Genesis 31:33 MEANING

Genesis 31:33
Verse 33. - And Laban went into Jacob's taut, and into Leah's tent, and into the two maid-servants' tents; - the clause affords an interesting glimpse into the manners of the times, showing that not only husbands and wives, but also wives among themselves, possessed separate establishments) - but he found them not. Then went he out of Leah's tent (he probably commenced with Jacob's and those of the hand-maids, and afterwards passed into Leah's), and entered into Rachel's tent - last, because she was the favorite. Cf. Genesis 33:2, in which a similar partiality towards Rachel is exhibited by Jacob (vide Thomson's 'Land and Book,' 1. 370).

31:22-35 God can put a bridle in the mouth of wicked men, to restrain their malice, though he do not change their hearts. Though they have no love to God's people, they will pretend to it, and try to make a merit of necessity. Foolish Laban! to call those things his gods which could be stolen! Enemies may steal our goods, but not our God. Here Laban lays to Jacob's charge things that he knew not. Those who commit their cause to God, are not forbidden to plead it themselves with meekness and fear. When we read of Rachel's stealing her father's images, what a scene of iniquity opens! The family of Nahor, who left the idolatrous Chaldees; is this family itself become idolatrous? It is even so. The truth seems to be, that they were like some in after-times, who sware by the Lord and by Malcham, Zep 1:5; and like others in our times, who wish to serve both God and mammon. Great numbers will acknowledge the true God in words, but their hearts and houses are the abodes of spiritual idolatry. When a man gives himself up to covetousness, like Laban, the world is his god; and he has only to reside among gross idolaters in order to become one, or at least a favourer of their abominations.And Laban went into Jacob's tent,.... Into that first where he most suspected they were, being taken not out of value for them, but contempt of them:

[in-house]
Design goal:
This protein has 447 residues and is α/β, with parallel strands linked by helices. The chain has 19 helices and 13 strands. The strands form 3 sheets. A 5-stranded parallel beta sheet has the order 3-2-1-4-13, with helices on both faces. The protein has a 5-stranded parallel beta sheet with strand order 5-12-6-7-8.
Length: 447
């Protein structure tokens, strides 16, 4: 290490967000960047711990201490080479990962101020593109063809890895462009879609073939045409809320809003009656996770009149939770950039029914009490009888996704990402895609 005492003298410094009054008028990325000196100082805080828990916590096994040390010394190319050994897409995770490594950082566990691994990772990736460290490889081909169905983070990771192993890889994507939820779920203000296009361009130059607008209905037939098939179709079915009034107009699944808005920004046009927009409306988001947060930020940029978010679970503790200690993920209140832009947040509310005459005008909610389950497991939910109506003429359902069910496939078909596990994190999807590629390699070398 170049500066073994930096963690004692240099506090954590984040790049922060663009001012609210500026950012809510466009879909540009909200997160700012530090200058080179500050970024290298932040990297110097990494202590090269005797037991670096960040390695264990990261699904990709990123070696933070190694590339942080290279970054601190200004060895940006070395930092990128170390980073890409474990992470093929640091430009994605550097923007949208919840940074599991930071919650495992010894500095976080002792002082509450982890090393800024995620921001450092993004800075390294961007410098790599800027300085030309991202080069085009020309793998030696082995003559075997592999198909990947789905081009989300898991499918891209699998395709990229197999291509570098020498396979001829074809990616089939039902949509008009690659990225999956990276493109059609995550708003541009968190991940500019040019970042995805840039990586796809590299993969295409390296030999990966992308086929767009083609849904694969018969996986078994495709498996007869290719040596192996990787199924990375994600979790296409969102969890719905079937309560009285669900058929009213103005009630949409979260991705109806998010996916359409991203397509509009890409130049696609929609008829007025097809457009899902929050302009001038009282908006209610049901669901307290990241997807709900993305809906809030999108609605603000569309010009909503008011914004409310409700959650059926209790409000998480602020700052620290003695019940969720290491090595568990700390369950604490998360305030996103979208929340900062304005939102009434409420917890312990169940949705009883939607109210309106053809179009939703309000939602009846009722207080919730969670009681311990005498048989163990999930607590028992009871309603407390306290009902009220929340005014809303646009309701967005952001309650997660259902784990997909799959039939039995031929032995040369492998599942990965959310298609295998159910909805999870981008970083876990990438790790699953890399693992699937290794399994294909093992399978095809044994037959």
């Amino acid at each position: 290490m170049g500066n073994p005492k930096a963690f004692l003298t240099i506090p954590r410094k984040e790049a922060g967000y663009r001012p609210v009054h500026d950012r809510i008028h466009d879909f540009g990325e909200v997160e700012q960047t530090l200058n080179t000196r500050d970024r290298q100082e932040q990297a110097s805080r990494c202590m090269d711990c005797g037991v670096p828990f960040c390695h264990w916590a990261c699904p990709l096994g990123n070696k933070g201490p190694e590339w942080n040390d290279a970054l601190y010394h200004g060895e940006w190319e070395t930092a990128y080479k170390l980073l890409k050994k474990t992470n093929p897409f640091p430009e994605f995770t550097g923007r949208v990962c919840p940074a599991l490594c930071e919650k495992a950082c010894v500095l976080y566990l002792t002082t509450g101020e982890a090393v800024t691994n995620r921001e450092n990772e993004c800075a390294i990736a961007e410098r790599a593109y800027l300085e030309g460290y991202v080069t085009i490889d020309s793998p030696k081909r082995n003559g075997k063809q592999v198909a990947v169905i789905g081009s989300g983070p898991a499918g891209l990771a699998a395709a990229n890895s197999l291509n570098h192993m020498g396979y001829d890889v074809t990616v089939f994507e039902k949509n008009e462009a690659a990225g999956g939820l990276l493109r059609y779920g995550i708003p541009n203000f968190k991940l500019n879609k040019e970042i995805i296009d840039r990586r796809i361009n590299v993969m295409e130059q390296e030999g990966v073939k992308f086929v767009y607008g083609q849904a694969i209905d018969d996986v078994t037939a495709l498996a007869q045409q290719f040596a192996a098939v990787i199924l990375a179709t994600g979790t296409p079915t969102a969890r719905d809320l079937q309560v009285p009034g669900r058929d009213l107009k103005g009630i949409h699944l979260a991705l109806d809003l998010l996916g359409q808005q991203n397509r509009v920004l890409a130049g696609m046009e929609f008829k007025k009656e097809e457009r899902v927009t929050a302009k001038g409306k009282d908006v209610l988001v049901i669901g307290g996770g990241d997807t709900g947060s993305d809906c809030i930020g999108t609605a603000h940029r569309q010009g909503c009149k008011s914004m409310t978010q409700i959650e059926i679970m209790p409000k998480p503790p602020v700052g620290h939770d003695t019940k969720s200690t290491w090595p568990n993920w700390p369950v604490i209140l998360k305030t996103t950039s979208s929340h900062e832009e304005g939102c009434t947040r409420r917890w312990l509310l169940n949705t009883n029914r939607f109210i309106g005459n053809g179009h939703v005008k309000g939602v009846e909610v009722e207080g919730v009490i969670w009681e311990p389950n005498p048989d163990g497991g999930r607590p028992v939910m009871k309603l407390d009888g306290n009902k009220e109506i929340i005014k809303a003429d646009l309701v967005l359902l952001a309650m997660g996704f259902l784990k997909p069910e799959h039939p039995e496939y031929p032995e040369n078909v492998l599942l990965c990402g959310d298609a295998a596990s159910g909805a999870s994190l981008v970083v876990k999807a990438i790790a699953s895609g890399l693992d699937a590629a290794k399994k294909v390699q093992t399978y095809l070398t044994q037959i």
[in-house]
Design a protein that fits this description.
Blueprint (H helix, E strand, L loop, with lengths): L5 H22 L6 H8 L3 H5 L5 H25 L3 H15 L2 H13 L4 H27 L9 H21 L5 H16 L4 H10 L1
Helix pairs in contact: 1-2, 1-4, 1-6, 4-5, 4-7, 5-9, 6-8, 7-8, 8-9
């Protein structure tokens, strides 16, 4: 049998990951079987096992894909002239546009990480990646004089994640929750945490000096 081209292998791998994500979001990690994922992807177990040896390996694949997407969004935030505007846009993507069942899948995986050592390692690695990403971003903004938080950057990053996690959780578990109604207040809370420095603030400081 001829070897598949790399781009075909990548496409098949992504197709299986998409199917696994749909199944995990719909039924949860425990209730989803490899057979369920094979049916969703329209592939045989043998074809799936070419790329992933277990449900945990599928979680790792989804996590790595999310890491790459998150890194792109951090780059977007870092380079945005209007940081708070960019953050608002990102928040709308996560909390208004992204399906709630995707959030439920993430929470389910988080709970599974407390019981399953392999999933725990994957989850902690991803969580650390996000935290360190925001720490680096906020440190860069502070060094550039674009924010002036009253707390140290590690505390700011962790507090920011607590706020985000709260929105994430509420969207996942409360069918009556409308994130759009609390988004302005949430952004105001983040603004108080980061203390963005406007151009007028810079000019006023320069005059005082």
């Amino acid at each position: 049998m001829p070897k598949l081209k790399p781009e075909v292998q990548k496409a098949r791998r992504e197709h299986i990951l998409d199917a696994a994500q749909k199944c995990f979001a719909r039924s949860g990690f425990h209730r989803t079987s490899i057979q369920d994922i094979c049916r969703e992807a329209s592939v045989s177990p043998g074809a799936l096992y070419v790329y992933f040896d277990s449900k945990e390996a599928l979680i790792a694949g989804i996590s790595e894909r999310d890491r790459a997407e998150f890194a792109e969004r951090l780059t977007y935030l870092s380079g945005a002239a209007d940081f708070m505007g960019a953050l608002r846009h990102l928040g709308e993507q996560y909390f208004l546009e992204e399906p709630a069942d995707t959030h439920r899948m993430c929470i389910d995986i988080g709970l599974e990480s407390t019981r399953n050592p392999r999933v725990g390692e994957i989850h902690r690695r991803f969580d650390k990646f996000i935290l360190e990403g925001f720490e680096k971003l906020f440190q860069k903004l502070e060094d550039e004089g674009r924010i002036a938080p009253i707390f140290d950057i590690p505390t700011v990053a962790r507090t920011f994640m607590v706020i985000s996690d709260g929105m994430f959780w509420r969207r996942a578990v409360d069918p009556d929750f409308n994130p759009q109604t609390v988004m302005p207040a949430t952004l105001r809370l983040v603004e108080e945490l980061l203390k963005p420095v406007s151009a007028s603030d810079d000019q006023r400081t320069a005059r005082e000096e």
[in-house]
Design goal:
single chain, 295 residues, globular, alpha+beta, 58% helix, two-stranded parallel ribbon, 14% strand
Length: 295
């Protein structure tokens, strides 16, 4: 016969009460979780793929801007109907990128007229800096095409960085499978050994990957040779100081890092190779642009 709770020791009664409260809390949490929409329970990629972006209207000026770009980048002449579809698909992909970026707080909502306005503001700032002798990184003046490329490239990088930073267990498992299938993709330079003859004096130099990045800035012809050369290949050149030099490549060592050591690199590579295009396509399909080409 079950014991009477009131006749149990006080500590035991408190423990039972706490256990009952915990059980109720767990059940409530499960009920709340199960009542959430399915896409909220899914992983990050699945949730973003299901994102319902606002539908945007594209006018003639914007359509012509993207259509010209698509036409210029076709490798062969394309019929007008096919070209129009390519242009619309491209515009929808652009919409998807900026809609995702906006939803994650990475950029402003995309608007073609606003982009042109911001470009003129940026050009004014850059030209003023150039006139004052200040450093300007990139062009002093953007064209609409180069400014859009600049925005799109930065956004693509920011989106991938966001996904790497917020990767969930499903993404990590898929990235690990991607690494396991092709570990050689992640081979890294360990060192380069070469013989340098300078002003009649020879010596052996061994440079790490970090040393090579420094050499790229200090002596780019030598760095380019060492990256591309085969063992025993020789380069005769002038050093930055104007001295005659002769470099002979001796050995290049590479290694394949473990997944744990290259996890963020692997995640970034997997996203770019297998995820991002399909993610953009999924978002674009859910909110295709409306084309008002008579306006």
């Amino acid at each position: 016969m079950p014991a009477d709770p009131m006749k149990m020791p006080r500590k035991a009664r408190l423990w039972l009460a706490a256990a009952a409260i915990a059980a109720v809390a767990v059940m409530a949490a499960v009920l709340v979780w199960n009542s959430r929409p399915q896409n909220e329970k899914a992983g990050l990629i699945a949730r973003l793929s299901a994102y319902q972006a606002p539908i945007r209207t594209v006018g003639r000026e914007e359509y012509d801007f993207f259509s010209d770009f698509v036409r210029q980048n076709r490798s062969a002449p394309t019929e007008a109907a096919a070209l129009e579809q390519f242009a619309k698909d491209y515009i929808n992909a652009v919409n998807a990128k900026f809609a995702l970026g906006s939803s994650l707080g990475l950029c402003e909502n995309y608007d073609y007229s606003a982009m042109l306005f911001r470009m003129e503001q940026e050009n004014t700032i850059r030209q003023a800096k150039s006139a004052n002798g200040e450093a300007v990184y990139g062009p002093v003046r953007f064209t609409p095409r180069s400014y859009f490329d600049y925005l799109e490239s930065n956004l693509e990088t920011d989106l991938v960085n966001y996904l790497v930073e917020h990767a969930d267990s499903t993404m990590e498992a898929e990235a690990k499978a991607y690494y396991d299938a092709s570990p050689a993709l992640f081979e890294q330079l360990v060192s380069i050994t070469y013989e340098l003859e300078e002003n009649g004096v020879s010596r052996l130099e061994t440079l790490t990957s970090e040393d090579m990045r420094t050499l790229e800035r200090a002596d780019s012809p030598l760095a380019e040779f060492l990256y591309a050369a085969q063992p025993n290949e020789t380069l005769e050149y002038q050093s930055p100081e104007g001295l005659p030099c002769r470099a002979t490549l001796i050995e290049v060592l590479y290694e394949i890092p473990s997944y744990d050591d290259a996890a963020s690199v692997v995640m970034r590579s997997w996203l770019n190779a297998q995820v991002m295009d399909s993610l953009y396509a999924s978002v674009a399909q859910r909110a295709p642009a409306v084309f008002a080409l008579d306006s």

and into Leah's tent; and not Leah's tent next, whom next to Jacob he might suspect of taking them, out of veneration to them, because her tent lay next:

and into the two maidservants' tents: Bilhah and Zilpah; or "the" tent of them; for the word is singular, and perhaps they had but one tent for them both, which distinguished them from the principal wives:

but he found them not; in neither of these tents:

then went he out of Leah's tent, and entered into Rachel's tent; which he went into last of all, as least suspecting her, being less addicted to the superstition and idolatry of his family than Leah and the maidservants: Aben Ezra thinks that he was twice in Leah's tent, and at the last time came out of that into Rachel's; and that Jacob's tent lay between Leah's and Rachel's. From this account it more clearly appears that men and their wives had separate tents or apartments; see Genesis 24:67.

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